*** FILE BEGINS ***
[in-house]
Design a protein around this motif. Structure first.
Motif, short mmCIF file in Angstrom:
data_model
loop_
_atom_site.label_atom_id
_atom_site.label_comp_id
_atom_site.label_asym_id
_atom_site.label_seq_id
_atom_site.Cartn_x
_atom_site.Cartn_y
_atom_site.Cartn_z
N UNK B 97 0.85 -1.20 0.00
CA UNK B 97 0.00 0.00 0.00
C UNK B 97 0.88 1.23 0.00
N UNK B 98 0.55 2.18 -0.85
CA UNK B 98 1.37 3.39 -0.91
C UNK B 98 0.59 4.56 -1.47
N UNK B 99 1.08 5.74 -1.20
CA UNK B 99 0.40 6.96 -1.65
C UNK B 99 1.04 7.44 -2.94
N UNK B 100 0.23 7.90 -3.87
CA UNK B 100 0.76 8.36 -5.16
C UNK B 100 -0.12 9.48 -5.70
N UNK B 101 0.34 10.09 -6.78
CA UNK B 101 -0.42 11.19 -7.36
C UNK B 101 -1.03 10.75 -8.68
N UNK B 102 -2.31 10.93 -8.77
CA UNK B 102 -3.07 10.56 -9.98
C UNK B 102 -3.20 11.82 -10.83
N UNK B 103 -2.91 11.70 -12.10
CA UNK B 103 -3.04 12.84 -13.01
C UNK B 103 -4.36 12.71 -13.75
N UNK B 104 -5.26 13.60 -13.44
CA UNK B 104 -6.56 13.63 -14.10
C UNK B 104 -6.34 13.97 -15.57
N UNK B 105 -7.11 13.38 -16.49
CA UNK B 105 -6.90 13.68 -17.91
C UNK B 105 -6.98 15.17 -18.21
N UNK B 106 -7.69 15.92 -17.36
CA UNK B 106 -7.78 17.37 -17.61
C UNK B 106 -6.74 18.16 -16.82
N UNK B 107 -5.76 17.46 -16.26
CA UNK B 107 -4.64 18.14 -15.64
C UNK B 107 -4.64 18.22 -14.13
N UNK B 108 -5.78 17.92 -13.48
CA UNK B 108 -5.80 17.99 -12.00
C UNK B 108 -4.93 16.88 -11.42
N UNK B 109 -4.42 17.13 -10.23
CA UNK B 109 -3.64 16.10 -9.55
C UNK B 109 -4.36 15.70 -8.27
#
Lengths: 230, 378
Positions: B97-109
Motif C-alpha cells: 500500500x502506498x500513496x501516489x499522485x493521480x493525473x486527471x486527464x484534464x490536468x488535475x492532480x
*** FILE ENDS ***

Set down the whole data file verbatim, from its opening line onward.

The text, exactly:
[in-house]
Design a protein around this motif. Structure first.
Motif, short mmCIF file in Angstrom:
data_model
loop_
_atom_site.label_atom_id
_atom_site.label_comp_id
_atom_site.label_asym_id
_atom_site.label_seq_id
_atom_site.Cartn_x
_atom_site.Cartn_y
_atom_site.Cartn_z
N UNK B 97 0.85 -1.20 0.00
CA UNK B 97 0.00 0.00 0.00
C UNK B 97 0.88 1.23 0.00
N UNK B 98 0.55 2.18 -0.85
CA UNK B 98 1.37 3.39 -0.91
C UNK B 98 0.59 4.56 -1.47
N UNK B 99 1.08 5.74 -1.20
CA UNK B 99 0.40 6.96 -1.65
C UNK B 99 1.04 7.44 -2.94
N UNK B 100 0.23 7.90 -3.87
CA UNK B 100 0.76 8.36 -5.16
C UNK B 100 -0.12 9.48 -5.70
N UNK B 101 0.34 10.09 -6.78
CA UNK B 101 -0.42 11.19 -7.36
C UNK B 101 -1.03 10.75 -8.68
N UNK B 102 -2.31 10.93 -8.77
CA UNK B 102 -3.07 10.56 -9.98
C UNK B 102 -3.20 11.82 -10.83
N UNK B 103 -2.91 11.70 -12.10
CA UNK B 103 -3.04 12.84 -13.01
C UNK B 103 -4.36 12.71 -13.75
N UNK B 104 -5.26 13.60 -13.44
CA UNK B 104 -6.56 13.63 -14.10
C UNK B 104 -6.34 13.97 -15.57
N UNK B 105 -7.11 13.38 -16.49
CA UNK B 105 -6.90 13.68 -17.91
C UNK B 105 -6.98 15.17 -18.21
N UNK B 106 -7.69 15.92 -17.36
CA UNK B 106 -7.78 17.37 -17.61
C UNK B 106 -6.74 18.16 -16.82
N UNK B 107 -5.76 17.46 -16.26
CA UNK B 107 -4.64 18.14 -15.64
C UNK B 107 -4.64 18.22 -14.13
N UNK B 108 -5.78 17.92 -13.48
CA UNK B 108 -5.80 17.99 -12.00
C UNK B 108 -4.93 16.88 -11.42
N UNK B 109 -4.42 17.13 -10.23
CA UNK B 109 -3.64 16.10 -9.55
C UNK B 109 -4.36 15.70 -8.27
#
Lengths: 230, 378
Positions: B97-109
Motif C-alpha cells: 500500500x502506498x500513496x501516489x499522485x493521480x493525473x486527471x486527464x484534464x490536468x488535475x492532480x